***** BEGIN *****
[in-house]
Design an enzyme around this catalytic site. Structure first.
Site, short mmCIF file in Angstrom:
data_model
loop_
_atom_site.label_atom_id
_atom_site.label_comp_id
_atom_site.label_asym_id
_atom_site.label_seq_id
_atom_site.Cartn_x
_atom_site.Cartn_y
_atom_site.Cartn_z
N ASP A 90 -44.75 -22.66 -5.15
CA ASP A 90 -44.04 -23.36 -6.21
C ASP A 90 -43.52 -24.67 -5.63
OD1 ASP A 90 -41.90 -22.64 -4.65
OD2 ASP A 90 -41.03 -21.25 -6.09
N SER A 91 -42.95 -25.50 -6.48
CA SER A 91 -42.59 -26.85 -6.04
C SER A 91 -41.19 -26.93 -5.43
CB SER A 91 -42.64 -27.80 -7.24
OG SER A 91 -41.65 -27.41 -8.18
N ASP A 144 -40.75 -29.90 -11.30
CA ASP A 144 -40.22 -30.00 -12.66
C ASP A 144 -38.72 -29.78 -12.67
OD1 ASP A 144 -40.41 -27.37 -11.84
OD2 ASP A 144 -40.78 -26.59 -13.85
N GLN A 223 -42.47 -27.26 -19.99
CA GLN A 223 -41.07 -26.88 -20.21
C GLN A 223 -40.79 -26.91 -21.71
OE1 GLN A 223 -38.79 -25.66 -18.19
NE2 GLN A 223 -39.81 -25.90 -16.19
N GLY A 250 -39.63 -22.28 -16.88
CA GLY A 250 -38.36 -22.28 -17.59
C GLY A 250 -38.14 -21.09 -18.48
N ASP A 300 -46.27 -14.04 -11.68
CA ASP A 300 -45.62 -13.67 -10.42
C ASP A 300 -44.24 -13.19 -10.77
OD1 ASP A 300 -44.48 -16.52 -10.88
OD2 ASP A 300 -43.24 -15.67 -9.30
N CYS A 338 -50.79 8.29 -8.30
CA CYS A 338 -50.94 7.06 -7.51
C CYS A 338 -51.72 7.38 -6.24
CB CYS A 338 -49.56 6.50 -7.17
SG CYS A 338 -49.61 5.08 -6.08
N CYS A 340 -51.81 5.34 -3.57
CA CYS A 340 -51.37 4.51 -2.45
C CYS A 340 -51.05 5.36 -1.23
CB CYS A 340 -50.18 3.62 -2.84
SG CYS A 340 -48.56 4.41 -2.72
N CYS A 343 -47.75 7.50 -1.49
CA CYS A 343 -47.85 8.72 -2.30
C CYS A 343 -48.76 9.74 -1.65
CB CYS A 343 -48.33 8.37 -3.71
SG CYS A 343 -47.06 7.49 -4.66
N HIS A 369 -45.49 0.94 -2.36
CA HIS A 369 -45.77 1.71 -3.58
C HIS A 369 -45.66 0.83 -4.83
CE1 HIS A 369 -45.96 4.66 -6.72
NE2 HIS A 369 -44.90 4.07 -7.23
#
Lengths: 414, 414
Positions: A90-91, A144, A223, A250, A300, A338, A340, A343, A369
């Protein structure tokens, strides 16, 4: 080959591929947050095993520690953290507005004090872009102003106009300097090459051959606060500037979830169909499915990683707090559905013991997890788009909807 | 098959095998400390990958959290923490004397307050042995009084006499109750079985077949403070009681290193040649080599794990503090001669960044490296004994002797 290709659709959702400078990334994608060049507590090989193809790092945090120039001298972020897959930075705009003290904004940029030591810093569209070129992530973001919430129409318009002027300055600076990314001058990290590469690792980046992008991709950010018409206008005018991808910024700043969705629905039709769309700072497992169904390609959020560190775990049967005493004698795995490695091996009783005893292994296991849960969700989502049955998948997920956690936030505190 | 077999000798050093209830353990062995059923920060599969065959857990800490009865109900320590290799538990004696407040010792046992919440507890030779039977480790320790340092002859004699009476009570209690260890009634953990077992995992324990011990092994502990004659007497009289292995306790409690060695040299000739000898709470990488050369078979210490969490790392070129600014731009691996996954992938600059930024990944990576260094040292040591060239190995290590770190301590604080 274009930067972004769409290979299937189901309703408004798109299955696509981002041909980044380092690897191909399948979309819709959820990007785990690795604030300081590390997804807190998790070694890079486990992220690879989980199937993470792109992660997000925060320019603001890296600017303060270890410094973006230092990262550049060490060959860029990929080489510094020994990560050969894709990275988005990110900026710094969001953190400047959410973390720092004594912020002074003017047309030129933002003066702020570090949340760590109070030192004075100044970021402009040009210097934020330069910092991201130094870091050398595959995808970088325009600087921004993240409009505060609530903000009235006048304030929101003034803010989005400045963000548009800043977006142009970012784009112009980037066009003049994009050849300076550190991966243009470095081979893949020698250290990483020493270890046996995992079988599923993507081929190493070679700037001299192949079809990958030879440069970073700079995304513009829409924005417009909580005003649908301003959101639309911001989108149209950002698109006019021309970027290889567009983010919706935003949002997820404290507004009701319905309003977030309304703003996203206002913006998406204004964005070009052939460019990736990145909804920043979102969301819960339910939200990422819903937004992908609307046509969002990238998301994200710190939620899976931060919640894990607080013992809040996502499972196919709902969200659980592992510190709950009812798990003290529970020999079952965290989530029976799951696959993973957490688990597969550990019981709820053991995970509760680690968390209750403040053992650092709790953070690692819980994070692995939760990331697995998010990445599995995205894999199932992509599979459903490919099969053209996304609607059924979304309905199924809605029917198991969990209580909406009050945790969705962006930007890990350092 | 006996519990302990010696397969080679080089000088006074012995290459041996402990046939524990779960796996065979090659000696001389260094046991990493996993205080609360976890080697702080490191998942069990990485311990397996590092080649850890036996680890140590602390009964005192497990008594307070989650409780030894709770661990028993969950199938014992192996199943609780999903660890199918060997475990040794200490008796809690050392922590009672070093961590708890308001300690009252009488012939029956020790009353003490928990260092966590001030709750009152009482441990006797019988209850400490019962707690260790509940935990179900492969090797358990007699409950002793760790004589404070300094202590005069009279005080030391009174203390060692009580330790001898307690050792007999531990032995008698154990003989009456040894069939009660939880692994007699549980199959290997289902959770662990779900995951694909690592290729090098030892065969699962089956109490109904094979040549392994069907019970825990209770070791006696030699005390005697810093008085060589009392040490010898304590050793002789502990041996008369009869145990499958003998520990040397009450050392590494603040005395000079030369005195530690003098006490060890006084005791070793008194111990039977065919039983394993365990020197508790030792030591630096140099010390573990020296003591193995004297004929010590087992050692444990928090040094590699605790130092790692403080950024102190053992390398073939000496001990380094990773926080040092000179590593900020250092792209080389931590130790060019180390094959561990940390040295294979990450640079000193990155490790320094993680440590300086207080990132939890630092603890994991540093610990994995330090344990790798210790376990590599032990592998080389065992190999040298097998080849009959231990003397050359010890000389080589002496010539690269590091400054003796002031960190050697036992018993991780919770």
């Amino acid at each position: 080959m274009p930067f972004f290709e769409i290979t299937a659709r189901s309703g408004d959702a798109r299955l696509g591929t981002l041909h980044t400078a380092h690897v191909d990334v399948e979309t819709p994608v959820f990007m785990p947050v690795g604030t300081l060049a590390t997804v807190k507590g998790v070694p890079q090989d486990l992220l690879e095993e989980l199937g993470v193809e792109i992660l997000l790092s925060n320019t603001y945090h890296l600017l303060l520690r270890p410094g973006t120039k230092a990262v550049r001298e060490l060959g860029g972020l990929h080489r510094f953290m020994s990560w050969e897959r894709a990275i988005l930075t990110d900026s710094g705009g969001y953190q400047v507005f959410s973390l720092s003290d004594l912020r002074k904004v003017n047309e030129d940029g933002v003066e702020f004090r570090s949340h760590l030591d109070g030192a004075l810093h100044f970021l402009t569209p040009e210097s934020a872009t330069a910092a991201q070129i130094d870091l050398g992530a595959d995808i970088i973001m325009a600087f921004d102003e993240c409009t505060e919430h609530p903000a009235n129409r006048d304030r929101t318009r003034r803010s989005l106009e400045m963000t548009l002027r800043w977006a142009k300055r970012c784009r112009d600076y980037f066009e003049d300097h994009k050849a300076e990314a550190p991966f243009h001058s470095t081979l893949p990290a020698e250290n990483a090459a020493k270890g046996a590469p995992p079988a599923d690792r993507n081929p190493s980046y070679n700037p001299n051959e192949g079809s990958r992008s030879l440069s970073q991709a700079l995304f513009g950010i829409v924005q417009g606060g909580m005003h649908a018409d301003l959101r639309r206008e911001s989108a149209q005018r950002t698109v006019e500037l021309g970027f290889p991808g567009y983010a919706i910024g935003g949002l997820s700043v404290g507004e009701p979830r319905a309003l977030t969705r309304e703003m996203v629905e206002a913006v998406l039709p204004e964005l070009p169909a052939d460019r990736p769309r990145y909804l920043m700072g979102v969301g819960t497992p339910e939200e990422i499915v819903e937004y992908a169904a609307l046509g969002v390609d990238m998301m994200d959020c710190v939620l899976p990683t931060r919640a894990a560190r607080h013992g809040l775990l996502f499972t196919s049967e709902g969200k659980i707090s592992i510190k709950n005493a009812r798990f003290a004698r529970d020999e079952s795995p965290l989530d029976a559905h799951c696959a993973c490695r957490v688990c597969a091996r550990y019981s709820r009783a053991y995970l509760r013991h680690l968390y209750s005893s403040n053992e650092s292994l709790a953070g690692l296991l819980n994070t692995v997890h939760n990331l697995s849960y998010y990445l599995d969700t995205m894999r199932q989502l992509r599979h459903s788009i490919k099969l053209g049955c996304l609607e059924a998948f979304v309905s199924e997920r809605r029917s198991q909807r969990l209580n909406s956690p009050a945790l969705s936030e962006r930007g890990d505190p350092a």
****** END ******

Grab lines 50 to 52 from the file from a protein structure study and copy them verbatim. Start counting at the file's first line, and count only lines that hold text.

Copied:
SG CYS A 340 -48.56 4.41 -2.72
N CYS A 343 -47.75 7.50 -1.49
CA CYS A 343 -47.85 8.72 -2.30